A helicopter used to drop water to stop blazes in California (FILE) Photograph:( AFP )
As many as 63 people required medical attention, including at least 17 who were severely wounded and admitted to hospitals after landing in Fresno
Over 200 people, who were trapped in wildfires in northern California, were airlifted to safety by members of the California National Guard, officials said on Sunday.
The blazes blocked the escape routes in Mammoth Pool Reservoir in the Sierra National Forest, nearly 45 miles (70 kilometres) northeast of Fresno and the campers were asked to "shelter in place" as fire crew members worked for hours to gain access to the region.
Military helicopters were then used to rescue people stuck in the wildfires.
As many as 63 people required medical attention, including at least 17 who were severely wounded and admitted to hospitals after landing in Fresno.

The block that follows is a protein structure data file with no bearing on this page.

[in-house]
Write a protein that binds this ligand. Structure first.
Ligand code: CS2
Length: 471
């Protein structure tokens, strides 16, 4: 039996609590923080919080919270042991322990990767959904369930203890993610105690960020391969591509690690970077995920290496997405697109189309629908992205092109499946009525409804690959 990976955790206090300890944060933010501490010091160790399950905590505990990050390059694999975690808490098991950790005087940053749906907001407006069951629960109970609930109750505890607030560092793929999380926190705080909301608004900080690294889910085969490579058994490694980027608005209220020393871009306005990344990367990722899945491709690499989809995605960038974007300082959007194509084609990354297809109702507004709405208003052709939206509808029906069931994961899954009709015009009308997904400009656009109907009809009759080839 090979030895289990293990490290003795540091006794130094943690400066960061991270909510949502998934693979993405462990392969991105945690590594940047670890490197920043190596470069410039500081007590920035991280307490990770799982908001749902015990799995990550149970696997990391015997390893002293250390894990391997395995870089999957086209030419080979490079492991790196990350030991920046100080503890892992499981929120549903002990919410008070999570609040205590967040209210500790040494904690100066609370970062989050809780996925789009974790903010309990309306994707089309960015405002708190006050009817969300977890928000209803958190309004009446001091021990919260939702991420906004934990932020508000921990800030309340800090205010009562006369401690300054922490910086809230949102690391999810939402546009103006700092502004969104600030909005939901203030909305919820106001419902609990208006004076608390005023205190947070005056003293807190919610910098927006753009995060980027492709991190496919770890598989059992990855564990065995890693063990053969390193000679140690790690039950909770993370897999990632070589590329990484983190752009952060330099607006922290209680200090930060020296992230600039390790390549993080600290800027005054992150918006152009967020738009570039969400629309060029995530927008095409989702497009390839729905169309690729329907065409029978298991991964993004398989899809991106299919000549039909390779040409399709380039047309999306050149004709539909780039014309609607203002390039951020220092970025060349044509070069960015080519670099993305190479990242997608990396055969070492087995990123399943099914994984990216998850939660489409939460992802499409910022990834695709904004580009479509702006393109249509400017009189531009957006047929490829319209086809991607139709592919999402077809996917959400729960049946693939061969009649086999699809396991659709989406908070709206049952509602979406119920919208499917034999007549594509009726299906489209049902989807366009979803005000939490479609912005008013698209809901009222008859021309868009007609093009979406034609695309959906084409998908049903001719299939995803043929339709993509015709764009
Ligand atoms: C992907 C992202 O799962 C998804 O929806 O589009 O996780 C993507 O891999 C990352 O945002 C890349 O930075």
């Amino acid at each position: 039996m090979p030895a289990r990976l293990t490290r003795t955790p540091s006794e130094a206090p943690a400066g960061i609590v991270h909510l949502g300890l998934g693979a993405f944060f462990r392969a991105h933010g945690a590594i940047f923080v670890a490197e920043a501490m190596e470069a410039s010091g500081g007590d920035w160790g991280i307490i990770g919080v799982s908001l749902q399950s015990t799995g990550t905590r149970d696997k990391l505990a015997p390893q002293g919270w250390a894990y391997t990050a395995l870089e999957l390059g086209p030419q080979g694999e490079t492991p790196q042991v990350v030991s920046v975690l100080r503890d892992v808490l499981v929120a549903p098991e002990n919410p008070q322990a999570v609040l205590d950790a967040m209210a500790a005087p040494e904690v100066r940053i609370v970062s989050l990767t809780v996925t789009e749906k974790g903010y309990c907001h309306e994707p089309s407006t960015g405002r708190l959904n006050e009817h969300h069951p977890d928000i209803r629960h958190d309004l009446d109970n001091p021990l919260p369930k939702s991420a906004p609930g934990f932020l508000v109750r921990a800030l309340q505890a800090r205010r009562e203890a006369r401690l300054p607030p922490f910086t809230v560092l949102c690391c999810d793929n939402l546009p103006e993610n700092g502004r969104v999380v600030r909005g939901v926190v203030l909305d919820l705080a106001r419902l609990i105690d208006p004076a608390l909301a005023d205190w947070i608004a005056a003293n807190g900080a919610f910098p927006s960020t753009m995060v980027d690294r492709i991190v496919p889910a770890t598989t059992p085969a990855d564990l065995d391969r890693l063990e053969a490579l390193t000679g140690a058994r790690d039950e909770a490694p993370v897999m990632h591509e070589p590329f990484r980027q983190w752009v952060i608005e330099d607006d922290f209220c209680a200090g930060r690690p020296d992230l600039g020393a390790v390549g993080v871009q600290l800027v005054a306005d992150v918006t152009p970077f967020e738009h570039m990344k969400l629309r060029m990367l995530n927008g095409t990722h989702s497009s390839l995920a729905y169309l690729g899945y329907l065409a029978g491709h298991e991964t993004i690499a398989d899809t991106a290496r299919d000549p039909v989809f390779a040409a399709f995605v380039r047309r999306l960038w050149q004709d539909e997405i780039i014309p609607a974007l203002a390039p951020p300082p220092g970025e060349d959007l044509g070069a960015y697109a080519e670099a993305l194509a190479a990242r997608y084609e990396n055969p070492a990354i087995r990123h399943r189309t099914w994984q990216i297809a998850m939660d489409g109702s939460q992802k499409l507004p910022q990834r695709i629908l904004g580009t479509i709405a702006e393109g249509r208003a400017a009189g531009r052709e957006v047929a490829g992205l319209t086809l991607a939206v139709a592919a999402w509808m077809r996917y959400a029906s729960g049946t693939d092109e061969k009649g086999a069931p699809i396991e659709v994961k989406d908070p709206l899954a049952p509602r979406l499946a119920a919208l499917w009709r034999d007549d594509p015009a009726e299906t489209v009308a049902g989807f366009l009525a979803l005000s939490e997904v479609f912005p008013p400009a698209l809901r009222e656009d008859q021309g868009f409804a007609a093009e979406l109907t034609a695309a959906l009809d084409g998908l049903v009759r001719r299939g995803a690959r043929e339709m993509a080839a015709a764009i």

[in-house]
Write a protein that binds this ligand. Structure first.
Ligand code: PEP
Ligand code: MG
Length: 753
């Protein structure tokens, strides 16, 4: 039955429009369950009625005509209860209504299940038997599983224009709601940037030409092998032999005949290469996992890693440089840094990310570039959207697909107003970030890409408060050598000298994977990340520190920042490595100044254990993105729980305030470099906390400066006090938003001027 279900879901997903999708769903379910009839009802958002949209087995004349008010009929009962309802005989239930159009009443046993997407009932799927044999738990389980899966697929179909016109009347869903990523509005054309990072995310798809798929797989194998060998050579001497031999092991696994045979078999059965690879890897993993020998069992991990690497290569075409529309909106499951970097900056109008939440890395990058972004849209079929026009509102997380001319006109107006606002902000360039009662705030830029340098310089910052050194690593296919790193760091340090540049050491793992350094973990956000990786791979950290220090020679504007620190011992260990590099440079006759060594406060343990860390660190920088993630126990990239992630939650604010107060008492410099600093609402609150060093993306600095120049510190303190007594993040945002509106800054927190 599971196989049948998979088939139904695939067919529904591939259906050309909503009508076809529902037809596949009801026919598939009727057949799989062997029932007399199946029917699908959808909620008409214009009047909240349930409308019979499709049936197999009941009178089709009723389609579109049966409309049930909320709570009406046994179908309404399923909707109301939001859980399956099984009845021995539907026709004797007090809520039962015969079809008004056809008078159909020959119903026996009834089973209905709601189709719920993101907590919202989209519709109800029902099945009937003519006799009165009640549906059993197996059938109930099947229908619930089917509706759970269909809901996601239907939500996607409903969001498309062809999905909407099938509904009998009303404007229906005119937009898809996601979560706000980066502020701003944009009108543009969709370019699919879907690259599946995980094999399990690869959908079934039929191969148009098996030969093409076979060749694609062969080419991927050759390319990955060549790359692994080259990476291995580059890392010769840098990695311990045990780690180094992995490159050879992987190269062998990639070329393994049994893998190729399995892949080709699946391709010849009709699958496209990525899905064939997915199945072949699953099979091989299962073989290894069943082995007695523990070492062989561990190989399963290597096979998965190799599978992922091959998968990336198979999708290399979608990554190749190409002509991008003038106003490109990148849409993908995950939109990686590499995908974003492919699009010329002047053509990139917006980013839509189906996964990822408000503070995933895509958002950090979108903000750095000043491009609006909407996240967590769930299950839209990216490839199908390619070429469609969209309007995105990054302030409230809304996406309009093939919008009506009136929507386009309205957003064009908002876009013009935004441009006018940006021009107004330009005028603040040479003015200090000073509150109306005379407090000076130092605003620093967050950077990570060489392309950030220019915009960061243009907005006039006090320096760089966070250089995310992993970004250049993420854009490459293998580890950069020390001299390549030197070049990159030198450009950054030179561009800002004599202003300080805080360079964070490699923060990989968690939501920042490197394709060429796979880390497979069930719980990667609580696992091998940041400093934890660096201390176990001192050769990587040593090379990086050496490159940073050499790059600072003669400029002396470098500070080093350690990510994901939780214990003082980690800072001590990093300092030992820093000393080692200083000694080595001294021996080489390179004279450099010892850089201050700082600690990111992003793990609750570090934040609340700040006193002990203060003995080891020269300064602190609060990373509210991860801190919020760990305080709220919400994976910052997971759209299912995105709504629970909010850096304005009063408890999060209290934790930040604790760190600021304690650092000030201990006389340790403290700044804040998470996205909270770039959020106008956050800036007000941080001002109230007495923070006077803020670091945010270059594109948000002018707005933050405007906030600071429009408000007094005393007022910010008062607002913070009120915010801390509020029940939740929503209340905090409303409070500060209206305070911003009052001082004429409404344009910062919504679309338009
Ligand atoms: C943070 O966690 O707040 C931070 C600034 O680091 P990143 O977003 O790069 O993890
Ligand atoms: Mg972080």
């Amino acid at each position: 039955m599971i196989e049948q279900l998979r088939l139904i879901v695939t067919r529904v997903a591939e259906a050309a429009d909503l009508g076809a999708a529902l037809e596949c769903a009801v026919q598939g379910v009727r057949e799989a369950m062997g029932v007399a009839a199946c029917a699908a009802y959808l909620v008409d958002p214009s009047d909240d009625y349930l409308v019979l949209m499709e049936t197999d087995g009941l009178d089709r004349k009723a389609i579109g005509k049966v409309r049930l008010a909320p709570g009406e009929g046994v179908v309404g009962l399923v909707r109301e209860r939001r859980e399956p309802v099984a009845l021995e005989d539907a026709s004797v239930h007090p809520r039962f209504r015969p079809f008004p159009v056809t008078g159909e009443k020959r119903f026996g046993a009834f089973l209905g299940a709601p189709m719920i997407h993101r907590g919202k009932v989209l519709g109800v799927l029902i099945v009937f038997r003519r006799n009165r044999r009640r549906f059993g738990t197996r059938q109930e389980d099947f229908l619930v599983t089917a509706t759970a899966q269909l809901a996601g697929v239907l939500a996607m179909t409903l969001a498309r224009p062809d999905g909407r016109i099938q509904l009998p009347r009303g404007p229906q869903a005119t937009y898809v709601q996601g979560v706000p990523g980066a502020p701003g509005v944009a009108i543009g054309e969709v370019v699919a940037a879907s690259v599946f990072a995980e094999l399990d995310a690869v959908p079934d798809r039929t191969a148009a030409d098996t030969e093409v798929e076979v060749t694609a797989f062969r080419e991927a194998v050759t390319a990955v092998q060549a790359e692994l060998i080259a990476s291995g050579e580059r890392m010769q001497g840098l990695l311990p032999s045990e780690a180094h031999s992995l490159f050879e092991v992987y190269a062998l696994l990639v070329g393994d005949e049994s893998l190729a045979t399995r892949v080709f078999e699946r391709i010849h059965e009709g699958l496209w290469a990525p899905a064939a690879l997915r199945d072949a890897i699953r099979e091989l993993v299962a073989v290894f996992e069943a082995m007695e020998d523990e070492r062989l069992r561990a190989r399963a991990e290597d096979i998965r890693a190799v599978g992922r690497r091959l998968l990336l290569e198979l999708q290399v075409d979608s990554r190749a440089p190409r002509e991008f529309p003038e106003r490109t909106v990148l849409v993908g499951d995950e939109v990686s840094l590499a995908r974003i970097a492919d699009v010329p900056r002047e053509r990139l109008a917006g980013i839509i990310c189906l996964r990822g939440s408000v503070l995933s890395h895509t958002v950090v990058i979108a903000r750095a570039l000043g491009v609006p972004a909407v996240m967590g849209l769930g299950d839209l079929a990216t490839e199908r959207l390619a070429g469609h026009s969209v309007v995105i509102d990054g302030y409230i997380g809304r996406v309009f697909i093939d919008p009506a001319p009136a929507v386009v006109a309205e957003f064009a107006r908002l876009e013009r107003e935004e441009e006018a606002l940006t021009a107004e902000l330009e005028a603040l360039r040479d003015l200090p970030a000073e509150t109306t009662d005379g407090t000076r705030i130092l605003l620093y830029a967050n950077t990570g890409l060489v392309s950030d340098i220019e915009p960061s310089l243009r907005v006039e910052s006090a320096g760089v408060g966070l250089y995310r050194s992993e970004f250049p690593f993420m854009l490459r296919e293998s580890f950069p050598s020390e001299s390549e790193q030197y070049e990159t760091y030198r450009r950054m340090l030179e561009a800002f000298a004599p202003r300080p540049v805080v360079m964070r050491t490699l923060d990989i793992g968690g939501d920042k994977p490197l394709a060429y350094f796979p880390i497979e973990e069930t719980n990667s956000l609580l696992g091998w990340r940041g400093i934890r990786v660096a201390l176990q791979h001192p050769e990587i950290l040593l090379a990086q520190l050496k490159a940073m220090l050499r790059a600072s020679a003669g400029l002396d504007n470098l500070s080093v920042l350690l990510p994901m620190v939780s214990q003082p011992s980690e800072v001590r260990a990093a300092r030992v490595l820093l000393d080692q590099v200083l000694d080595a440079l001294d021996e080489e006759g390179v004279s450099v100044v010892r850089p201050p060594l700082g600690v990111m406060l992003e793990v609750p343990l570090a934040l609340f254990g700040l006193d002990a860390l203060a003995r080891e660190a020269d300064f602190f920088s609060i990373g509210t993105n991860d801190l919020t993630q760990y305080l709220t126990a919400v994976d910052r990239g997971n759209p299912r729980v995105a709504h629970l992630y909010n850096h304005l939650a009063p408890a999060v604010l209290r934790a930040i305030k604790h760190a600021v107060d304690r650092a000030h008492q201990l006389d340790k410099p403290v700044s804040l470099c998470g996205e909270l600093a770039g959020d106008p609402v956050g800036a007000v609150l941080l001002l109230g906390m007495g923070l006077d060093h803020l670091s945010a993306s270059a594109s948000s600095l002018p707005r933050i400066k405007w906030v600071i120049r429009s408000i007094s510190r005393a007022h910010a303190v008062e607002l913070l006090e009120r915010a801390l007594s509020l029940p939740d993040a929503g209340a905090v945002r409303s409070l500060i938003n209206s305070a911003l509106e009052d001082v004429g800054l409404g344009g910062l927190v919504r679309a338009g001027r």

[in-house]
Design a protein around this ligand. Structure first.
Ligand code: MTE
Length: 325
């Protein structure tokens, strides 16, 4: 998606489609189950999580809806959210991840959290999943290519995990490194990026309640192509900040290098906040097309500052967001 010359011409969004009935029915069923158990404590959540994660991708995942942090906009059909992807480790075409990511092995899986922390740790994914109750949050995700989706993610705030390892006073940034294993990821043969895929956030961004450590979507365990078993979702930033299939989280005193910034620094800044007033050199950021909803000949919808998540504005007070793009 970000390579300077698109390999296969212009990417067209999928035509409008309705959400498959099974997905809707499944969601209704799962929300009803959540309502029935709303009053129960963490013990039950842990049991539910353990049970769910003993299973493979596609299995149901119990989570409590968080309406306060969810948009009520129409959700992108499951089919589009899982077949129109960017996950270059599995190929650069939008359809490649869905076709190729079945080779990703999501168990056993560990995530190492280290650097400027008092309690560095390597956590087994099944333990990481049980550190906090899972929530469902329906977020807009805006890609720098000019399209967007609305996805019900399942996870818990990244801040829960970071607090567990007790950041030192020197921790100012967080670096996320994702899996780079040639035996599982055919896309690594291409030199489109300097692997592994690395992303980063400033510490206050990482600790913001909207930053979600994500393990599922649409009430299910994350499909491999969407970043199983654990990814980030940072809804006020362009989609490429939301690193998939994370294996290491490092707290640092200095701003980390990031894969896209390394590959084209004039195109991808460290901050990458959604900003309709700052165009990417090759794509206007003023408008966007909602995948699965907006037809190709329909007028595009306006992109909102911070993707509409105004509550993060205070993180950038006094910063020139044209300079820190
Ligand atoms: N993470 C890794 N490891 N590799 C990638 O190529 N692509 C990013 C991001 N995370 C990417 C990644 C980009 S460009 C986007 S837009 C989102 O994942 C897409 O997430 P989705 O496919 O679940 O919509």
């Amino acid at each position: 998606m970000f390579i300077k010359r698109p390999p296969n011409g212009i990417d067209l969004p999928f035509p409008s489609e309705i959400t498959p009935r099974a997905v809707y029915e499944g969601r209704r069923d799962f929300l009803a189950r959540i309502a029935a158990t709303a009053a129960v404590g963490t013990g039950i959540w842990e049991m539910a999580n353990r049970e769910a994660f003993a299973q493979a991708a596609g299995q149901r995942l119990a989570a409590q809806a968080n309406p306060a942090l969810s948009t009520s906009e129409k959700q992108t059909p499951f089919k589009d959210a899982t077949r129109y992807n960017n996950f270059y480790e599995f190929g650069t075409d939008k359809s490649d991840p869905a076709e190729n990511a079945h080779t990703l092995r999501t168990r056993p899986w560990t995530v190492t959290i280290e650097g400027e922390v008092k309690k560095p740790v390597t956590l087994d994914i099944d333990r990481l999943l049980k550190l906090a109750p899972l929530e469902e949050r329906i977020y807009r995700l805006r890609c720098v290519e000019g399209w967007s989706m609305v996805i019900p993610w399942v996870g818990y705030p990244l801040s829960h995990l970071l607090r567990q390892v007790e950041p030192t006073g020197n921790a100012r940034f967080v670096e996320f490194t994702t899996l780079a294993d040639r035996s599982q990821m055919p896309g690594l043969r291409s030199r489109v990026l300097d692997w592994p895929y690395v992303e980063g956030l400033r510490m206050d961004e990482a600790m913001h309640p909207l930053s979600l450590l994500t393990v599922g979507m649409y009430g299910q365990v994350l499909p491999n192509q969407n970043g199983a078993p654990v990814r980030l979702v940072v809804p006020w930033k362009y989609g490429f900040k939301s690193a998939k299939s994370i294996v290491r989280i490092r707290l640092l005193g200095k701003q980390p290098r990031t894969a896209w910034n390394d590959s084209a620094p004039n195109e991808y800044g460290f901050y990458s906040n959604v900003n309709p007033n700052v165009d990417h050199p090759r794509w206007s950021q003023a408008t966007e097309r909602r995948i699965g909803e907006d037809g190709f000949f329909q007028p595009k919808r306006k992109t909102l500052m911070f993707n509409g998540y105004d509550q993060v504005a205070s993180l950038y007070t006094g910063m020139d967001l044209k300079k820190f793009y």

"Simply extraordinary, lifesaving work by the @CalGuard airlifting more than 200 people to safety overnight from the imminent danger of the #CreekFire," said Army General Daniel Hokanson, chief of the National Guard Bureau, on Twitter.
The US Forest Services said the Creek Fire, which started on Friday, has extended to 45,500 acres (18,400 hectares), making it one of the largest fires in the state that is witnessing several of them.
With record high temperatures of 125 Fahrenheit (49 Celsius) and forecasts of high mercury levels in three-day Labor Day weekend, massive fires are expected in California.
(With AFP, Reuters inputs)